CHARLESTON, W.Va. — Water quality testing turned to a second chemical, PPH, following revelations from Freedom Industries the chemical was mixed in with the crude MCHM that leaked into the Elk River back on Jan. 9 and contaminated the water supply for customers in parts of nine counties.
On Tuesday, Freedom president Gary Southern told officials with the state Department of Environmental Protection the crude MCHM, a coal processing chemical, was mixed with polyglycol ethers, PPH, in the tank that had been leaking.
Southern claimed he was not initially aware PPH was still being combined with MCHM to account for about 5 percent of the tank’s total volume.
Laura Jordan, spokesperson for West Virginia American Water Company, said the utility and other state officials were notified of the presence of the second chemical late Tuesday.
“Public perception-wise, the timing of this is very troublesome,” Jordan said on Wednesday’s MetroNews “Talkline.”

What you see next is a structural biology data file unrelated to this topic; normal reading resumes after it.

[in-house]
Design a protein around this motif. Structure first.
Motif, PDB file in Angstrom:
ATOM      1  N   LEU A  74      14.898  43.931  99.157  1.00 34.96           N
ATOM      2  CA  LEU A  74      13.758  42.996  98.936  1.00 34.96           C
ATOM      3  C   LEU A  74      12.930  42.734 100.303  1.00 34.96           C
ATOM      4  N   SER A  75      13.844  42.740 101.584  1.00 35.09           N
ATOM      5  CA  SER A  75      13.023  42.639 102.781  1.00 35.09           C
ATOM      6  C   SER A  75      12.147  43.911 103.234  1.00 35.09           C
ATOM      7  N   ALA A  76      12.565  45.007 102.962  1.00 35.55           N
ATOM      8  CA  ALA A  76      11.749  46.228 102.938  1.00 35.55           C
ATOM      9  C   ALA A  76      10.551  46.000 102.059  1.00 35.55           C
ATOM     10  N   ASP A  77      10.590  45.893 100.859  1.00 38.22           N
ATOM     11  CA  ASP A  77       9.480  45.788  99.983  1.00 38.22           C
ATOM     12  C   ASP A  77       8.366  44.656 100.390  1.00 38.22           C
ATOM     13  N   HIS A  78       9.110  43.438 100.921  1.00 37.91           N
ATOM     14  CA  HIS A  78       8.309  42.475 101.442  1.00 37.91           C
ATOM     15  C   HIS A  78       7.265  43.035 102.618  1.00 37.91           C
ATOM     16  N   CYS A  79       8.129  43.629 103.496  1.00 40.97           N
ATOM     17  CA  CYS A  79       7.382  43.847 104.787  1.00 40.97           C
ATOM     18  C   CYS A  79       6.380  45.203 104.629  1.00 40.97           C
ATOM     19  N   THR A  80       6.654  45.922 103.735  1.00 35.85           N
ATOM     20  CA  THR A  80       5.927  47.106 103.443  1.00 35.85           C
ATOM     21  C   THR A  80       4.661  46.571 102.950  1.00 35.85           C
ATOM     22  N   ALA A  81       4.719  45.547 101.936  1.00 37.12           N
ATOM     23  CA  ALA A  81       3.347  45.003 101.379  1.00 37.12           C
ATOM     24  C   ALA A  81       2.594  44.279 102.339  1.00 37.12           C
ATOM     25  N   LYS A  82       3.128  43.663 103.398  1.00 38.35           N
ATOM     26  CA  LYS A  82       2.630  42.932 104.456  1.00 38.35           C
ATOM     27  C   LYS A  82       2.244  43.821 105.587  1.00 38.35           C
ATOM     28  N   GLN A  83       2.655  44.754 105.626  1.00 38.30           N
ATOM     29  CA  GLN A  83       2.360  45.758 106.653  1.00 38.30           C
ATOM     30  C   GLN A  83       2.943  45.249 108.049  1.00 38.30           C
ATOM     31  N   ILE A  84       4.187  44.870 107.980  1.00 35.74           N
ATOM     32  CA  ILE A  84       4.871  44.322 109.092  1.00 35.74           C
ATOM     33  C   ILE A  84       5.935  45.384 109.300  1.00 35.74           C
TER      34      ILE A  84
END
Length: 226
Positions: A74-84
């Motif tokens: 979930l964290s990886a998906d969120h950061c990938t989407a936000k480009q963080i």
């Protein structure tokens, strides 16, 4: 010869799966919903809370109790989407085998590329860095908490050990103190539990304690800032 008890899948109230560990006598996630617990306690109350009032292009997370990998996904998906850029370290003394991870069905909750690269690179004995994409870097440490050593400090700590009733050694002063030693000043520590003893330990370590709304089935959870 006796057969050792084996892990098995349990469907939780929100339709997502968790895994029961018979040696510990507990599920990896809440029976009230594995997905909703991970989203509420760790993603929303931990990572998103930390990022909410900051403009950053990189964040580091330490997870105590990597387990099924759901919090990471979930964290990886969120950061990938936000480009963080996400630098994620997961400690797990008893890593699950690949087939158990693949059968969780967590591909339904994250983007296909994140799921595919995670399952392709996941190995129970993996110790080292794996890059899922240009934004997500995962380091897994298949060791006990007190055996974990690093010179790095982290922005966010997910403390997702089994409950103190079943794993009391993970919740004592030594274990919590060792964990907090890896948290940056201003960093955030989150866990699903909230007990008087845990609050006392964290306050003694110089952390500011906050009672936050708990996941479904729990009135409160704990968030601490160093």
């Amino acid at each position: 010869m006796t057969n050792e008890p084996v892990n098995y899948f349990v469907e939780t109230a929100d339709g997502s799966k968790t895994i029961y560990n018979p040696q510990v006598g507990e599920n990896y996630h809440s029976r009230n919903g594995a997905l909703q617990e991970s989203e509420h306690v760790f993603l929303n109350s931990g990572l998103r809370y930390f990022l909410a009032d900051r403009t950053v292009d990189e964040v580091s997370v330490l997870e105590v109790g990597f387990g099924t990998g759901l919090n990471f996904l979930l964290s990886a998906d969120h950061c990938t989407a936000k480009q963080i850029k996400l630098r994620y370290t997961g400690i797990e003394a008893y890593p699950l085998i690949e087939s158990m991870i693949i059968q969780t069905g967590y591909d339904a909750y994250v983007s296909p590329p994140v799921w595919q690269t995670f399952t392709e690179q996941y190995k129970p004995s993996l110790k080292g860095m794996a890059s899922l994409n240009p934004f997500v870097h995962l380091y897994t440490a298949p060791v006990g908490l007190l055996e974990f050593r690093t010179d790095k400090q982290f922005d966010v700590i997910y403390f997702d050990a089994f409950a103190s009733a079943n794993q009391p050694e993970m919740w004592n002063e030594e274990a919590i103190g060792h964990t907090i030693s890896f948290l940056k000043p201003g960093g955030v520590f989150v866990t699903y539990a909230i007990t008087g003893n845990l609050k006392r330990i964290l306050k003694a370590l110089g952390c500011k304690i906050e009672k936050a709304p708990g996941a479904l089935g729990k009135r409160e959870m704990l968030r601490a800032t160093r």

The U.S. Centers for Disease Control said because of the small amount of PPH, which is reportedly less toxic than MCHM, and its solubility, “It is likely that any amount of PPH currently in the water system would be extremely low. However, the water system has not been tested for this material.”
Those with WVAW were working with the Bureau for Public Health and the West Virginia National Guard, overnight Tuesday into Wednesday, to analyze present and past water quality samples at labs in both South Charleston and Huntington.
Jordan said preliminary tests showed “barely detectable” amounts of PPH and that, according to state chemical experts, the water treatment process likely removed the chemical. However, she said results of the PPH testing would be released publicly when the analysis was finalized.
“We do not anticipate that there was any additional risk based on this chemical, but we do need to prove that to our customers,” said Jordan. “We do need to show that to our customers because, 12 days later, information that’s coming out only further might erode the public’s trust in this whole process.”